It seemed fitting for my 100th post on this blog to write about an historical event, one with far more importance though…
It is a date that every English child will know sooner or later. The year 1066, when King Harold was shot in the eye by an arrow and died on the battlefields at Hastings. The most famous battle fought on English soil and the last successful invasion of this country.
A couple of days after Christmas I dragged my OH, my daughter and her partner and three pre-teen grandchildren down to Battle Abbey, with the promise of fish and chips on the beach at Hastings afterwards. I have never been to Battle. I have been to Hastings a few times, but Battle with its Abbey and battlefield always passed me by – or I it. I felt it was time to go and see what had happened there which marked the end of Anglo-Saxon England.
The first thing to do once you have entered the abbey grounds through the courthouse (now the entrance and shop) is to make your way to the visitors centre and watch the film depicting the famous battle. I thought the children would be bored, but no they were fascinated by the tale, and even more fascinated by the chain-mail and heavy shields which the soldiers of the day had to carry. I learned something new. I hadn’t realised that Harold and his men shortly before this battle had marched up to York and fought a major battle (at Stamford Bridge) with the Vikings before marching back down to the south-east (another 5 days march) to face Duke William of Normandy and his army. I also hadn’t realised that our army didn’t use horses in battle at that time (although they did use them to get to and from battlefields), which proved to be a major mistake in this confrontation.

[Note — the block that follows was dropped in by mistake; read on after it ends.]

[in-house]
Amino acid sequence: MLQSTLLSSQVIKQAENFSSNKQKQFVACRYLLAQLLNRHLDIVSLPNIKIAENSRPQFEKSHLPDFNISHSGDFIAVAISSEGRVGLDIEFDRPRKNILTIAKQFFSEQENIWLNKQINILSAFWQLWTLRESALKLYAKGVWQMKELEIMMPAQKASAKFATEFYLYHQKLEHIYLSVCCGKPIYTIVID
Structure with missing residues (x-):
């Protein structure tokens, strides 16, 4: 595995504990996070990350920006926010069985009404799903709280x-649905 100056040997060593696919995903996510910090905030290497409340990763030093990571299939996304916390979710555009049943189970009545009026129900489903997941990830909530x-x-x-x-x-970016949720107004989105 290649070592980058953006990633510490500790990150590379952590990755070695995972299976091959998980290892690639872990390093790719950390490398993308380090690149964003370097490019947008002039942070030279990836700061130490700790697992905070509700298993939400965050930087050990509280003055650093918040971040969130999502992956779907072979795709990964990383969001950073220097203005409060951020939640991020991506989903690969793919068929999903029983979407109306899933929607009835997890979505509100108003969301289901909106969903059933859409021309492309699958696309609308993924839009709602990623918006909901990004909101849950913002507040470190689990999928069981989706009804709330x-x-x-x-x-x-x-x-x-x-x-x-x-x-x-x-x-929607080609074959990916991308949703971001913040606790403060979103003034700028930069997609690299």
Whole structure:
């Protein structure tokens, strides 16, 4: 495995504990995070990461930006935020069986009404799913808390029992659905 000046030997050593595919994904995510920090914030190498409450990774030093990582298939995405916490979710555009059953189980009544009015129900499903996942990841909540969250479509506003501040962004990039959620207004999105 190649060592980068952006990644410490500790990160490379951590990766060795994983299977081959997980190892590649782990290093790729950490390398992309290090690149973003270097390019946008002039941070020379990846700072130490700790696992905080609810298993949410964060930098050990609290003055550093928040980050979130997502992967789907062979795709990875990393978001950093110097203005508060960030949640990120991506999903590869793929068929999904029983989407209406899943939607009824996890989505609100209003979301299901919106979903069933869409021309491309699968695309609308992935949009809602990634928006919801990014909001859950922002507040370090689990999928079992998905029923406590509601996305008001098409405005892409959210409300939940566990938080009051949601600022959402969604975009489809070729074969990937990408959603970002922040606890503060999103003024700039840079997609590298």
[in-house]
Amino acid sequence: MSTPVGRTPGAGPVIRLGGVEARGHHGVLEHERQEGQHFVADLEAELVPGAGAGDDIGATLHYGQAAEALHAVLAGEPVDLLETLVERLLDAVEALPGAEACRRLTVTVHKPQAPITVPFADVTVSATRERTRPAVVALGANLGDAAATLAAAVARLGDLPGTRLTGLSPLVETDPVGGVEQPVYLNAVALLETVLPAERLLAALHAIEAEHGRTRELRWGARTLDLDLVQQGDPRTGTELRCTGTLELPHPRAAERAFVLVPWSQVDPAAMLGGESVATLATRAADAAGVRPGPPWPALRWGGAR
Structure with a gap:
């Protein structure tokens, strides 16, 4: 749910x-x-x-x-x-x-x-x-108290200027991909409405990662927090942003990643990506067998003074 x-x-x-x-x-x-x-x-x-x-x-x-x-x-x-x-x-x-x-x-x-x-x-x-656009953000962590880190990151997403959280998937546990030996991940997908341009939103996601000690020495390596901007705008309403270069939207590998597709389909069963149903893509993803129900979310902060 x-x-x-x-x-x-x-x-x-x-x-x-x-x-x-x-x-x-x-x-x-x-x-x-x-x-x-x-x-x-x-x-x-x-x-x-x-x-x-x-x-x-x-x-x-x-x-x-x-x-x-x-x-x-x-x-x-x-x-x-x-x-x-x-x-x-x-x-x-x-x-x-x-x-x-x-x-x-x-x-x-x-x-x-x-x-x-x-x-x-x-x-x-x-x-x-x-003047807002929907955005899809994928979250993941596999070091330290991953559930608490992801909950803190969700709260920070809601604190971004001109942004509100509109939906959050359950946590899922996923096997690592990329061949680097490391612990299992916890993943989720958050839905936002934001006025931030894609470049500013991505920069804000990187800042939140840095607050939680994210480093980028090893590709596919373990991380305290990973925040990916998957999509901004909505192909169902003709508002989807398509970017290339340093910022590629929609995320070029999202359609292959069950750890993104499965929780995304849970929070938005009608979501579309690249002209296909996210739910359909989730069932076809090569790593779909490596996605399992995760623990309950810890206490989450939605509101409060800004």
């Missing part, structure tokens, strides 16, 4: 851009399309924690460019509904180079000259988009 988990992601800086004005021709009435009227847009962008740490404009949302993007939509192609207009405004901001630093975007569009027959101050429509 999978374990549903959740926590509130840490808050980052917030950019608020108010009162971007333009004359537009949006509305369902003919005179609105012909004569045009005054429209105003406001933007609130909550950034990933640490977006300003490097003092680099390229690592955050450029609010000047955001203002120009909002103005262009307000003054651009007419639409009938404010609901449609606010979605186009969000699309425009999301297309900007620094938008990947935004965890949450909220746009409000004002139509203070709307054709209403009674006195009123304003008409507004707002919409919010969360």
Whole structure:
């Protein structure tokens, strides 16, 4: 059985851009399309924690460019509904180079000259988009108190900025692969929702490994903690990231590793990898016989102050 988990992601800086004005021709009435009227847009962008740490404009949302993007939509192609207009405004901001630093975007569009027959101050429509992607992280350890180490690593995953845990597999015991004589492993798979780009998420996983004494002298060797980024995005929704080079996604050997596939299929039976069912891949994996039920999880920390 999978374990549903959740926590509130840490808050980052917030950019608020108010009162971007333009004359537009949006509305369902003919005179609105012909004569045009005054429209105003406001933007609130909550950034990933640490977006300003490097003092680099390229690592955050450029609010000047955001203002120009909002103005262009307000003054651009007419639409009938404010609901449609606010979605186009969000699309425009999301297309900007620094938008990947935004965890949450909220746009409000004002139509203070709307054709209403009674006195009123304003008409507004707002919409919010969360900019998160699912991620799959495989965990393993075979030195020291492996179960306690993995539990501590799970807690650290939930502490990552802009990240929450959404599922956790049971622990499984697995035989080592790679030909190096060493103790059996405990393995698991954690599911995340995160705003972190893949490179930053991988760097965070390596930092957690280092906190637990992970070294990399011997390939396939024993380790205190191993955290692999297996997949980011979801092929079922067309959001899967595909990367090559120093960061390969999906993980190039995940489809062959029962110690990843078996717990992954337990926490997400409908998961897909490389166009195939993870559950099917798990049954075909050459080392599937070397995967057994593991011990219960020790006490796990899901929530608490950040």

(click on a photo to enlarge)
The battle aside, the grounds make for a lovely stroll – we oldies forgo the steep and muddy walk around the battlefield and made our way along the Terrace Walk where King Harold’s English army awaited battle looking across the valley to the south where Duke William’s Norman army attacked from.
King William I marked his victory by building a Benedictine abbey on the site. This abbey was given to a close friend of King Henry VIII in 1538. The new owner, Sir Anthony Browne, kept the great gatehouse but destroyed the church, chapter house and refectory, though the lodge house remained as a private house. The house is now Battle Abbey School, but the grounds and ruins of the abbey can be enjoyed by all. Oh, and collect an audio guide (included in the entrance price) to make the most of your visit.